Where sustainable farming was on display.
A model where kids can learn to grow plants and find joy.
A place of peace and love for every girl and  boy:
Farm critters and fish as well as tropical fruits of all kinds.
Respect for the earth, for native beliefs, for body, soul and mind
What God is doing through these men made us impressed:
We felt we had come to a place that’s truly blessed.
Next day back to Kailua and Lanikai, a beach nearby,
Where the sands were softer and whiter, under a glorious sky.
(Another dinner at Yogurtland: no need to wonder why!)

Day five: our anniversary dinner at a fancy hotel
Was overpriced, underwhelming, and we were bored as hell.
Servings were small, with “carrot reduction”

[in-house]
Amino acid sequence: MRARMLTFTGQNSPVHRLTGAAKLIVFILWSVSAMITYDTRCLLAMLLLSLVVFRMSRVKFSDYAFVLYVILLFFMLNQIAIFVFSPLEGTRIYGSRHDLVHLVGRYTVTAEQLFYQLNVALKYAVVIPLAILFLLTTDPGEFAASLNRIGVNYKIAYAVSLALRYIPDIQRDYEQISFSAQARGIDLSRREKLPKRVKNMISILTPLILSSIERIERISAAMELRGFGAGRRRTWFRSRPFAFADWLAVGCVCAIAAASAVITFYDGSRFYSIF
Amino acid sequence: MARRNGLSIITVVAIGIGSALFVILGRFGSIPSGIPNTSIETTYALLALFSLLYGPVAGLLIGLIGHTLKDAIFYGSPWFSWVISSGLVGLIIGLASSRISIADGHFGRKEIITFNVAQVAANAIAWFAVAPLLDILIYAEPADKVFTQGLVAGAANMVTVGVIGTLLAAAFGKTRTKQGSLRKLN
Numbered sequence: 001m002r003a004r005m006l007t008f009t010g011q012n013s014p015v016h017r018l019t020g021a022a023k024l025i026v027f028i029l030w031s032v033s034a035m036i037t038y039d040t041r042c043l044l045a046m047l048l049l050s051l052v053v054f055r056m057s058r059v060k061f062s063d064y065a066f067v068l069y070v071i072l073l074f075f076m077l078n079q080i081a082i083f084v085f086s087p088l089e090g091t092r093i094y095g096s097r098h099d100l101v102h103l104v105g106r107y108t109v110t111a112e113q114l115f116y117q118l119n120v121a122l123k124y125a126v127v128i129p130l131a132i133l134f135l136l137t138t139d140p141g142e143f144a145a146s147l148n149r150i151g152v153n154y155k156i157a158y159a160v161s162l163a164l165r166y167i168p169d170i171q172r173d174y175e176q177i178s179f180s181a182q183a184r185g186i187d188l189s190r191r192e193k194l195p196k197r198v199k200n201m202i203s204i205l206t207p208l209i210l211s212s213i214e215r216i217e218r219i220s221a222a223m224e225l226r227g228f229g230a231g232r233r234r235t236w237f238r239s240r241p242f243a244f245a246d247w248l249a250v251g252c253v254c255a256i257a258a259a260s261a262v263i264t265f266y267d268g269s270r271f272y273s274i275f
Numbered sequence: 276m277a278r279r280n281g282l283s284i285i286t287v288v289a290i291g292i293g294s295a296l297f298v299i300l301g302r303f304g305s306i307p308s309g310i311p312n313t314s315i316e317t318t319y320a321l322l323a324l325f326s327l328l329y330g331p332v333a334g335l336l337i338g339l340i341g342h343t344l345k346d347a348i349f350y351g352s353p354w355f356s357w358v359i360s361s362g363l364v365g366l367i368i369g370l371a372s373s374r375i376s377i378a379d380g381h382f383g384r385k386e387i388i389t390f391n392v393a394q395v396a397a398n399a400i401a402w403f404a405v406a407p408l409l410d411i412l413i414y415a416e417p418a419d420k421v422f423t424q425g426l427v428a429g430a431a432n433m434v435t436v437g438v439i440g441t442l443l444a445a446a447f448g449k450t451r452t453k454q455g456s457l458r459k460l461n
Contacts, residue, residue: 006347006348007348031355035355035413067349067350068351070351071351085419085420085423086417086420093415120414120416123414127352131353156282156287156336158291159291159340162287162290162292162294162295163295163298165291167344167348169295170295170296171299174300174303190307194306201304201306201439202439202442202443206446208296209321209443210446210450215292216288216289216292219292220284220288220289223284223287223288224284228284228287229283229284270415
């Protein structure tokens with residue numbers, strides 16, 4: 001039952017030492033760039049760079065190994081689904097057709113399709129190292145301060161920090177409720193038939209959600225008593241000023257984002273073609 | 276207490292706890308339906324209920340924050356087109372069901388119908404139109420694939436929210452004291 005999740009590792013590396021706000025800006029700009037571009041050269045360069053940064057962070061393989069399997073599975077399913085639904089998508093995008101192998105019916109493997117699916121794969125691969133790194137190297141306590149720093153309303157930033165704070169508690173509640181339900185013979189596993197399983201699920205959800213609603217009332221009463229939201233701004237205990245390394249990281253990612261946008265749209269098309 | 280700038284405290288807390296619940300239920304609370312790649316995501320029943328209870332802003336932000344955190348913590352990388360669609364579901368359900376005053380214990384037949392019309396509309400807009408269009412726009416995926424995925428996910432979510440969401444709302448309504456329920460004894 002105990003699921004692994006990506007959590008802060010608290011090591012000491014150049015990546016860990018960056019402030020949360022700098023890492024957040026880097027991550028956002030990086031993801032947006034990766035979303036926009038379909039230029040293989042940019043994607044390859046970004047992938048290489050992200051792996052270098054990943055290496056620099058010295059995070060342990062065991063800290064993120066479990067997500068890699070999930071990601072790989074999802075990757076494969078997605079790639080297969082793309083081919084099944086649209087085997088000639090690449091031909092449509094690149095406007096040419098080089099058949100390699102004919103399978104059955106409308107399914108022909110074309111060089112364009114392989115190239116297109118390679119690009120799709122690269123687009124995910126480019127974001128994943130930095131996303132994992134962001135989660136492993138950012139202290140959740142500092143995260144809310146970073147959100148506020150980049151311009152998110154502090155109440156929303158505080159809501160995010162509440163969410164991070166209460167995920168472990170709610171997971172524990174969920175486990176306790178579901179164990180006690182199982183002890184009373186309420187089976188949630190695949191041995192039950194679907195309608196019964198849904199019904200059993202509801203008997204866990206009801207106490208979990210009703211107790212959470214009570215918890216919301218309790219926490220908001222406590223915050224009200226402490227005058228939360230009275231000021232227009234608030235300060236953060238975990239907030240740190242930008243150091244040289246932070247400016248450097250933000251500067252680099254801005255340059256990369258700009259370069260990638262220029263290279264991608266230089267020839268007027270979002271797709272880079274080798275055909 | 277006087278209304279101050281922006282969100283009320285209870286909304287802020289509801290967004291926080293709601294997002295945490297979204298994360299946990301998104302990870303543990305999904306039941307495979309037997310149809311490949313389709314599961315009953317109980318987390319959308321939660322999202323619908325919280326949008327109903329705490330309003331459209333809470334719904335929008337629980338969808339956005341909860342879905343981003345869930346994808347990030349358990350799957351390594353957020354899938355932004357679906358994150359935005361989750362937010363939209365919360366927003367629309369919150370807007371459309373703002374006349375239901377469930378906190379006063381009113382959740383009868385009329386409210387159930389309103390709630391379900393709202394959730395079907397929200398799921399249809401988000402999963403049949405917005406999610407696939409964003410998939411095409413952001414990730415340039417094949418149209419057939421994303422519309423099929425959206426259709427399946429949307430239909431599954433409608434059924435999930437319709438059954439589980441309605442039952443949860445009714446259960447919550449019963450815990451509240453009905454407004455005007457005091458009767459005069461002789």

Their feeble attempt at culinary seduction.
We longed for a rowdy luau, but got lost in the dark.
When we finally got home, we barely managed to spark.

Day six:  Olivia, a tropical storm, came and went.
So glad that much of her fury was spent.
At the arboretum we saw unreal tropical trees
With cannon balls and sausage fruit swaying in the breeze.
At a high school farmer’s market we purchased a Thai meal
Which we ate at a volcanic cliffside that was utterly surreal
with multi-colored rounded rocks in swirling and curling bands.
After pausing in awe and wonder, we went back to Yogurtland.

Day seven: we spent on the Big Island in Kona at Sarah’s b ‘n b,
Called Magic Mountain, where they grow organic fruit and coffee.
We spent the morning at Manini, a stunning volcanic beach,
Where fish darted through clear waters beyond our reach.
It was here at the beach, by the deep blue sky and sea,
That we heard the sad results of Jill’s biopsy—